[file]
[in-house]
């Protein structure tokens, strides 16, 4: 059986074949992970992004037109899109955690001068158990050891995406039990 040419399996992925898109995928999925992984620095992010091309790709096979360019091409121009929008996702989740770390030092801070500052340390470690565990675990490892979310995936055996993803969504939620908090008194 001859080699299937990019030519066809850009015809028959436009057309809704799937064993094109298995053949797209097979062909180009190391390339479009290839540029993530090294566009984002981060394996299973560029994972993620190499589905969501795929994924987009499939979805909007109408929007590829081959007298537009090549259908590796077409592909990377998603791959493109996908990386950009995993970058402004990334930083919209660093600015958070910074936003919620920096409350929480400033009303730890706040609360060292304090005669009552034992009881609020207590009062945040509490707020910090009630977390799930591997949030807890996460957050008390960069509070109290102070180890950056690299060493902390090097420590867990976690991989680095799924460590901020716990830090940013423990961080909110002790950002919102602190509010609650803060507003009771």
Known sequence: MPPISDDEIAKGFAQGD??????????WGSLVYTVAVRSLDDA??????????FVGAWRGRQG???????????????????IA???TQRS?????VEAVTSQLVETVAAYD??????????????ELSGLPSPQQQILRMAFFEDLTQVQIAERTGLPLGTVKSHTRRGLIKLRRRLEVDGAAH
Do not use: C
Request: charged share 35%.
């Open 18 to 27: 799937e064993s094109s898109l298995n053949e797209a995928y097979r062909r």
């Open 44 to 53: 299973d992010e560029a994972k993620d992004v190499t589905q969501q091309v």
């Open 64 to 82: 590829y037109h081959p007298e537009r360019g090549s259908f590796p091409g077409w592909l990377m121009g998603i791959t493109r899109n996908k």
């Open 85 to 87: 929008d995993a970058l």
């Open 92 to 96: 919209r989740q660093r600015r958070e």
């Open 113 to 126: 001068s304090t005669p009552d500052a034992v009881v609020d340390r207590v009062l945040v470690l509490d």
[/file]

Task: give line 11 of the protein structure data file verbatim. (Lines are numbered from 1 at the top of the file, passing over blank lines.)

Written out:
């Open 113 to 126: 001068s304090t005669p009552d500052a034992v009881v609020d340390r207590v009062l945040v470690l509490d």